With toy retailers increasingly looking for ways to broaden their offering and appeal to as wide an audience as possible, Vogue International is confident it has the portfolio to help. “We feel many of our products are a perfect fit in toy departments with the great licences we have,” sales manager, David Pannett, confidently states.
The company specialises in lunch bags and bottles, as well as character lighting and torches, with approximately 90 per cent of its portfolio made up of licensed properties. Out of the 15 licences in its stable, top sellers in 2011 included Minnie Mouse, Disney Princess and Hello Kitty for girls, plus Cars, Toy Story and Spongebob Squarepants for boys. Pannett has already earmarked Spider-man and Mike the Knight for success this year, while he hints that the firm is also looking into licensing a brand from the social media field which it feels will be a key addition to the lunch bag/bottle category.
Pannett admits that the sector is an extremely competitive one and to stand out, you really need to deliver value to the consumer. “There are several competitors, all fighting for limited shelf space,” he tells ToyNews. “Retail prices are constantly being challenged while manufacturing and material costs continue to rise. [To stand out, we look to have] innovative, unique product designs, with eye catching character graphics – allied to punchy, easy to understand packaging and products that deliver outstanding value which has never been more important than in the current economic climate.”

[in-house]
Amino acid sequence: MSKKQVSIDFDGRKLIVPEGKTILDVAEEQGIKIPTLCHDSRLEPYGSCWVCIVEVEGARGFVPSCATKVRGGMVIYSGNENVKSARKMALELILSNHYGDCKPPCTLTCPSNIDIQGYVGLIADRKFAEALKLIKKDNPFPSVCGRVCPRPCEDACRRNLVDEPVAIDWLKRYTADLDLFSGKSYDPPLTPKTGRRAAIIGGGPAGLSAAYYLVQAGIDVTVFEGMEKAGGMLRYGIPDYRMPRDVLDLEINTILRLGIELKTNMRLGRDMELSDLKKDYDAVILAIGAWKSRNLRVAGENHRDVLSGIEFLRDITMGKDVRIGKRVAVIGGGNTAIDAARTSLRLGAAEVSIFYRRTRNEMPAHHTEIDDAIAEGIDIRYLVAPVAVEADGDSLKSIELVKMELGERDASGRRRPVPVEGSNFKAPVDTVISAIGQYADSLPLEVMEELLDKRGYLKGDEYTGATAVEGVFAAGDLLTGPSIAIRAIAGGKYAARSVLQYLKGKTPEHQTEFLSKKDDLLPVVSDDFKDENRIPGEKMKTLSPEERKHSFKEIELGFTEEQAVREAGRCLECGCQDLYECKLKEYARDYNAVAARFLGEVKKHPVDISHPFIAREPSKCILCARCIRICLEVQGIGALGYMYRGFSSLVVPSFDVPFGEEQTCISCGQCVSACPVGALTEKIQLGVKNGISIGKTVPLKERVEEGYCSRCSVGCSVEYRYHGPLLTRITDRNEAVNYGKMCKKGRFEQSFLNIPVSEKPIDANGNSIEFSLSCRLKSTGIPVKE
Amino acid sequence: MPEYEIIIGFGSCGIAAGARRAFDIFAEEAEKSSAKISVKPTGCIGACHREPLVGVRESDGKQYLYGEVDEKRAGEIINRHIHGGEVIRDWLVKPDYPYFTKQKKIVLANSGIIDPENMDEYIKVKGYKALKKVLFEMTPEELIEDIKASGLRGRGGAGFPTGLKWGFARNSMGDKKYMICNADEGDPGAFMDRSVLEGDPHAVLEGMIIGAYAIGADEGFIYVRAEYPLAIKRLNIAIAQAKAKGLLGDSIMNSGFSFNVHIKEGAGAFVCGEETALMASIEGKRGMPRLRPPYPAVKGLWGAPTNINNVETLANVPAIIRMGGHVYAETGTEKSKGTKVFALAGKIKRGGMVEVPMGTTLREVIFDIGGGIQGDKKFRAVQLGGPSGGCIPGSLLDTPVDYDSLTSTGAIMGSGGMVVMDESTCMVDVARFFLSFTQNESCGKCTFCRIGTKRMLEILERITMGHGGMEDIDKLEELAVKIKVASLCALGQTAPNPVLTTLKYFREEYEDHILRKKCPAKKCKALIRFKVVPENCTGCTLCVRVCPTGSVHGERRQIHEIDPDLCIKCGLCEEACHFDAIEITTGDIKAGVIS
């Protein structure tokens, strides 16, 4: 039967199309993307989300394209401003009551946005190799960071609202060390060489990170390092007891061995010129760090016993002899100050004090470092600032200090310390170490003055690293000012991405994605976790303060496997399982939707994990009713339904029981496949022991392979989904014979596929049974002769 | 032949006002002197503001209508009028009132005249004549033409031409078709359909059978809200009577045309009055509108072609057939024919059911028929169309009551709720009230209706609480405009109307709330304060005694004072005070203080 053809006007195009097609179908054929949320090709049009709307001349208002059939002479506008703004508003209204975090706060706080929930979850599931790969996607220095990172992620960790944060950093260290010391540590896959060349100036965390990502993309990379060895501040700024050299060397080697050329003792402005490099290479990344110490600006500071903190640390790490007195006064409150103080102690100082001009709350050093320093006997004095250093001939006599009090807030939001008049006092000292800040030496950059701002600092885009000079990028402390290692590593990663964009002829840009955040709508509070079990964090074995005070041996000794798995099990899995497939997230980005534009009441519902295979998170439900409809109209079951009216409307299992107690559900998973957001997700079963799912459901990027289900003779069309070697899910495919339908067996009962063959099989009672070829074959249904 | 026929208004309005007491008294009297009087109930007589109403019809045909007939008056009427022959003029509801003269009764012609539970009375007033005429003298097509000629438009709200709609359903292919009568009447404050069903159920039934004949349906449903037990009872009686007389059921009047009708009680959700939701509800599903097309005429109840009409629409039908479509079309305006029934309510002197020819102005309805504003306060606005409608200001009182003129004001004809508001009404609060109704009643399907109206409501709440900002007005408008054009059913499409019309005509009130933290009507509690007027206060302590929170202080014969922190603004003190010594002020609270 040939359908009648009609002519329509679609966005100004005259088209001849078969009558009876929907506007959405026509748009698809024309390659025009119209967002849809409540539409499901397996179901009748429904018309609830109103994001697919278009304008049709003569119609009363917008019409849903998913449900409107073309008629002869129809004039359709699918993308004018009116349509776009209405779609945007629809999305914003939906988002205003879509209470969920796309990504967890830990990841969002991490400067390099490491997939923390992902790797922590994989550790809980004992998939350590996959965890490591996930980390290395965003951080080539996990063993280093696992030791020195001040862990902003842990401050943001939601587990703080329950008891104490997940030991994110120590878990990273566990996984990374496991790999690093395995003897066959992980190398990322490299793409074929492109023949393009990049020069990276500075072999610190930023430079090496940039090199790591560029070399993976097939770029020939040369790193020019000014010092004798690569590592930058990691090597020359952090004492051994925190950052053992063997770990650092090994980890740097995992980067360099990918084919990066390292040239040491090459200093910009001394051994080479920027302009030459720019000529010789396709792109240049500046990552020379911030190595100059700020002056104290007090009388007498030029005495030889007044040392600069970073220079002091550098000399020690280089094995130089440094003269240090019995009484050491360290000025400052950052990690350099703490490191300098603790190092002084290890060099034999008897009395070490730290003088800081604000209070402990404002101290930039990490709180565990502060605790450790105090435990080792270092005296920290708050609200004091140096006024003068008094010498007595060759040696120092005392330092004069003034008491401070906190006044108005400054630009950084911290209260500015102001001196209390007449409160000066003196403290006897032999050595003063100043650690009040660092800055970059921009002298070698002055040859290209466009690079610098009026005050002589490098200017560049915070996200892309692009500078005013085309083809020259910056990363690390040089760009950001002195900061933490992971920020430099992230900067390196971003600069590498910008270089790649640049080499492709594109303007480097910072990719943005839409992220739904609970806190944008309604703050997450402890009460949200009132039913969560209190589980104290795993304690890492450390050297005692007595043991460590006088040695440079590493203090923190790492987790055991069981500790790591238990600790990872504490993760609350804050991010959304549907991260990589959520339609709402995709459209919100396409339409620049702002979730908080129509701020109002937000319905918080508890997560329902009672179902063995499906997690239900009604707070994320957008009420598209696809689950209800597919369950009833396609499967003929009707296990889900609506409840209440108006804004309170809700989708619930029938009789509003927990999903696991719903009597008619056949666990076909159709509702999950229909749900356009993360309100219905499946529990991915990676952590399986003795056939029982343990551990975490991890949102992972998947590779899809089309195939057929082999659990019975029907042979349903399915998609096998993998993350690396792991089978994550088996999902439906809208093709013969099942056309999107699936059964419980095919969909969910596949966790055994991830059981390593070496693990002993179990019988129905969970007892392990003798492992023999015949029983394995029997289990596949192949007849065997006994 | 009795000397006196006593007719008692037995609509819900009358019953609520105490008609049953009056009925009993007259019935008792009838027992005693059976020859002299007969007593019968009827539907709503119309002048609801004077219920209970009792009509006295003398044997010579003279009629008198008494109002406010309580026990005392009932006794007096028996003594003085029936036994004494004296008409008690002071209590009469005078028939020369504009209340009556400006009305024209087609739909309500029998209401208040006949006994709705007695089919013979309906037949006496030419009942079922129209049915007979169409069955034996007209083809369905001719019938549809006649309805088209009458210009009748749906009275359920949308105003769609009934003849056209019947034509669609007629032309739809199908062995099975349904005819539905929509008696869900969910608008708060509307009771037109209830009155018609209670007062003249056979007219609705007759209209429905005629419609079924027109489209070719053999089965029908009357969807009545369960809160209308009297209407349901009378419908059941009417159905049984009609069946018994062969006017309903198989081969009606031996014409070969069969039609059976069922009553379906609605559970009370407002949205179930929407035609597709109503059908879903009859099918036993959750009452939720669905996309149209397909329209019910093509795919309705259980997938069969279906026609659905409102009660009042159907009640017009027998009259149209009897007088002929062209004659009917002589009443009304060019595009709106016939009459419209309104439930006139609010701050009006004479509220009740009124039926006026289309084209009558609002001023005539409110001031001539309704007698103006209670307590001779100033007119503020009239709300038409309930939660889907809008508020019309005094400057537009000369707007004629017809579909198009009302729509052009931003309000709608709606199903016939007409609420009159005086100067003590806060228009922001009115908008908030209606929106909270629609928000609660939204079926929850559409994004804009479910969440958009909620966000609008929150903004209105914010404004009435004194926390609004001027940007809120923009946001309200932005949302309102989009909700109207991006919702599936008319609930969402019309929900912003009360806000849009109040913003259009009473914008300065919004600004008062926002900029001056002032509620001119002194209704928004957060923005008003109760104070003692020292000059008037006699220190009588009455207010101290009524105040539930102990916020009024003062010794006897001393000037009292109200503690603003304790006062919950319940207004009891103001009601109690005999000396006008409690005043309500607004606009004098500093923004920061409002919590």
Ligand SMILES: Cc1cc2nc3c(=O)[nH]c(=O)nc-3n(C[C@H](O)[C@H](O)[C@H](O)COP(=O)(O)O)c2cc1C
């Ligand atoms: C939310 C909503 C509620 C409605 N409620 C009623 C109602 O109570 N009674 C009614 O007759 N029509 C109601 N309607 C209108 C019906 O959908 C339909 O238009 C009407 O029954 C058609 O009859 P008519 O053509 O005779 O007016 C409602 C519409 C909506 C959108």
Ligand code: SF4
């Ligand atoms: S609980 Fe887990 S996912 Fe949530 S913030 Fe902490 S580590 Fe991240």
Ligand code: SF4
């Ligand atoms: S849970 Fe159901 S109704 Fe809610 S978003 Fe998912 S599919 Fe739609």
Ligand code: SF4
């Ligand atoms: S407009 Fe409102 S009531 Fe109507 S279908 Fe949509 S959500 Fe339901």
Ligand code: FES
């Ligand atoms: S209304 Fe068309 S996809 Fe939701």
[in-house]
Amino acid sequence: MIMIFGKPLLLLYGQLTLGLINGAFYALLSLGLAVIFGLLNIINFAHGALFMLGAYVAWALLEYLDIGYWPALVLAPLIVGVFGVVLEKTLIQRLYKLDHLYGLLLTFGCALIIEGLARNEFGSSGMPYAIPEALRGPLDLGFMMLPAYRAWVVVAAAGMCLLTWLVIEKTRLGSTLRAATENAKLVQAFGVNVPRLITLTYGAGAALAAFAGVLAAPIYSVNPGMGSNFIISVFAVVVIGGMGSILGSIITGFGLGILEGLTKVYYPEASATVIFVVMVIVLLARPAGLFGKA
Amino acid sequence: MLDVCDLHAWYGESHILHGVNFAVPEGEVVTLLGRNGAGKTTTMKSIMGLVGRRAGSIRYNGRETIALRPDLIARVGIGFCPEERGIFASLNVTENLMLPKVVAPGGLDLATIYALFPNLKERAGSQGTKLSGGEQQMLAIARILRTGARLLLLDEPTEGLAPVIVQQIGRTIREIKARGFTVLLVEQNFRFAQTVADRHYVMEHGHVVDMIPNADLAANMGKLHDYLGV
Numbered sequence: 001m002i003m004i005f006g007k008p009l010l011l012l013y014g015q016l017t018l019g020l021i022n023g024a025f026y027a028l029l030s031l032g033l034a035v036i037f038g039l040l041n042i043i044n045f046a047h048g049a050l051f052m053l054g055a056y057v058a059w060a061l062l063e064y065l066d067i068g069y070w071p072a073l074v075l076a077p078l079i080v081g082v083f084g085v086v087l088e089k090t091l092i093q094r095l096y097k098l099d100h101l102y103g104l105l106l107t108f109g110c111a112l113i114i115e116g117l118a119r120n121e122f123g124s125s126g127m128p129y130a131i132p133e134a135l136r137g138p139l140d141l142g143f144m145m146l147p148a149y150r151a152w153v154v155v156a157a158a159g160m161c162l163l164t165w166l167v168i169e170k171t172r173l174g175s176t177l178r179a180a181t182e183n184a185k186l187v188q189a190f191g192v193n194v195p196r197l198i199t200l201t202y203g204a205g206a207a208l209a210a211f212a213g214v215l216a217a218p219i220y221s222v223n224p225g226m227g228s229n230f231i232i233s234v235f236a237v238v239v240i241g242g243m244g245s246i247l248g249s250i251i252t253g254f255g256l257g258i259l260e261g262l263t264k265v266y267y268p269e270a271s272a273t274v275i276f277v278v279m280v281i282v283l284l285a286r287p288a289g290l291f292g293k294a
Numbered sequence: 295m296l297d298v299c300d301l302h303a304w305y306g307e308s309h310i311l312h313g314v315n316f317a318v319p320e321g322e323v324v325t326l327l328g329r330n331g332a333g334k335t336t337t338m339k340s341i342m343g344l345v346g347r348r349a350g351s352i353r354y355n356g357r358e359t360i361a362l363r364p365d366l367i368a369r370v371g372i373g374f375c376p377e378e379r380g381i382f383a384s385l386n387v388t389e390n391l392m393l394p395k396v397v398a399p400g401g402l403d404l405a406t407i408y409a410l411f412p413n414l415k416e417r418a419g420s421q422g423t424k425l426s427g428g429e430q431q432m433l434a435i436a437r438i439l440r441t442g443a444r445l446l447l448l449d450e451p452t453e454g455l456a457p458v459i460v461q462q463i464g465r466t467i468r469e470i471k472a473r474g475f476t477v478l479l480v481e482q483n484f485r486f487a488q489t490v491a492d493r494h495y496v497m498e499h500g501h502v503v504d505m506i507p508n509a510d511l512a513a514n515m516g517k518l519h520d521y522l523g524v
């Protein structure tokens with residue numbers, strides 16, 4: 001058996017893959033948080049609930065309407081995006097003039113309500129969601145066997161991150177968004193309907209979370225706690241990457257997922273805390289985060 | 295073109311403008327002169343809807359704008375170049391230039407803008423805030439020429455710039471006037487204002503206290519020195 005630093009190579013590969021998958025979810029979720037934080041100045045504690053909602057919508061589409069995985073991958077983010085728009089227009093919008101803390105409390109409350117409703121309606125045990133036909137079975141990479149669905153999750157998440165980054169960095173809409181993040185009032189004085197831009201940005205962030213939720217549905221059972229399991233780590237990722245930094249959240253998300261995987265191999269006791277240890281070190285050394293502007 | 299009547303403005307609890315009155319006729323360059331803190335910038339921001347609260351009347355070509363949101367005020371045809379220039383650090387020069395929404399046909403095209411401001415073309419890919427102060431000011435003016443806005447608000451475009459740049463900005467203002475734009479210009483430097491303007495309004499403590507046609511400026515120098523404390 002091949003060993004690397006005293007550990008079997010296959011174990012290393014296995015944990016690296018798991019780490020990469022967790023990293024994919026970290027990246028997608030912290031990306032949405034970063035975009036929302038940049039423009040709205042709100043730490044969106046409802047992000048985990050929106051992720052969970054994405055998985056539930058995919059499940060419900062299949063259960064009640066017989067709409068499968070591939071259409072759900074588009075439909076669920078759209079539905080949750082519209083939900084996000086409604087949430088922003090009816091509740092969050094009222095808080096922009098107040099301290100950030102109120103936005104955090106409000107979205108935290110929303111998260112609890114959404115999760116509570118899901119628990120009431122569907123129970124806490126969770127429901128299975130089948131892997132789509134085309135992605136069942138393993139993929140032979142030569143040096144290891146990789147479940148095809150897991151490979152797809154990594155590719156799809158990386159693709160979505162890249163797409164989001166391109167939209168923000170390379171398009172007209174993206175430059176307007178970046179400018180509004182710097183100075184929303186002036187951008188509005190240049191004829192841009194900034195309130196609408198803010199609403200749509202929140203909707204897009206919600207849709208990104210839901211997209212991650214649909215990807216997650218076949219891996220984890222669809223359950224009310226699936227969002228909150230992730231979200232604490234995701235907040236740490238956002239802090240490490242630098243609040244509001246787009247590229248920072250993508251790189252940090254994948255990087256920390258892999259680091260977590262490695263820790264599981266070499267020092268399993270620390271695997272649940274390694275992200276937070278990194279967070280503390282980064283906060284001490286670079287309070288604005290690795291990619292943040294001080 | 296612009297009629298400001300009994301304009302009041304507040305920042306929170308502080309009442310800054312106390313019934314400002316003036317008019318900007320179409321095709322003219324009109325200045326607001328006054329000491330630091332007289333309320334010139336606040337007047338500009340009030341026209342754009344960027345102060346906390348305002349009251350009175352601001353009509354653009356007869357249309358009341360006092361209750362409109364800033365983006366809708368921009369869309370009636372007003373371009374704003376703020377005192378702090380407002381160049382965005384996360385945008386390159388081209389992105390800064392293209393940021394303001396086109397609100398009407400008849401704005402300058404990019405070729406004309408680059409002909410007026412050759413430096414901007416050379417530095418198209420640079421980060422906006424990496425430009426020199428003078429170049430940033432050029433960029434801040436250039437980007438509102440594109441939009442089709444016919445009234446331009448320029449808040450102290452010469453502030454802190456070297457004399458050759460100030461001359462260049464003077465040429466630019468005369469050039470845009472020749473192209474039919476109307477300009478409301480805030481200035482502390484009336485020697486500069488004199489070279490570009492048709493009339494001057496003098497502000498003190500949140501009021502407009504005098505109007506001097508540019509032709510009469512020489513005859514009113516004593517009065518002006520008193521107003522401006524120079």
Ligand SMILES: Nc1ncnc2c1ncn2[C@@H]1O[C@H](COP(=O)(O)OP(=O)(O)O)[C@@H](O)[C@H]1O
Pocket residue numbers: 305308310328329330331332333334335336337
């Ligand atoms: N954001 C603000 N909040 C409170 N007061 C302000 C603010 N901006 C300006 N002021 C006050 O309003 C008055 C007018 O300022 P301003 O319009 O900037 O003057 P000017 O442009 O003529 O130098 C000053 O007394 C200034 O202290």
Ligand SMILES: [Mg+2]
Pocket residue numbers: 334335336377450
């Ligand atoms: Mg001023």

Increasing its distribution into the toy arena is a major focus for Vogue right now, Pannett says.
“We have already made great strides in getting character drinkware, tableware and lighting into many toy areas in accounts such as Toys R Us, Debenhams and Hamleys. Colour changing nightlights, torches and glitter domes often outsell more traditional toys when sited within a toy section.”
Pannett believes that toy retailers will benefit from “great margins and very competitive retails, top performing and often exclusive licences, and a high rate of sale”. He continues: “The nature of our products means most of them tend to sell themselves. On top of this, we have great packaging, swing tag labels and colourful CDU and FSDUs where required.”
As many companies are at the moment, Vogue is facing up to a number of challenges this year and Pannett admits that the market is “so tough” right now.
“Retailers are being extremely cautious in stock levels and order levels, many are reducing space in store, while others are looking for cheap imports or even turning to sourcing products themselves in the Far East,” he explains.
“So margins are being squeezed at both ends – from retailers driving a hard bargain and from continued price inflation in the Far East. We are constantly looking to re-source, negotiate with factories and to develop exciting new products from scratch that can ensure good margin for us and the retailer alike at a price that satisfies the consumer.”
And Pannett has clear aims about where he would like to see Vogue by the end of the year and longer term: “An even greater distribution of all the key product ranges and licences into current and new accounts alike. And, longer term, clear market leaders in character lunch bags, tableware, drinkware, character lighting and room décor,” he concludes.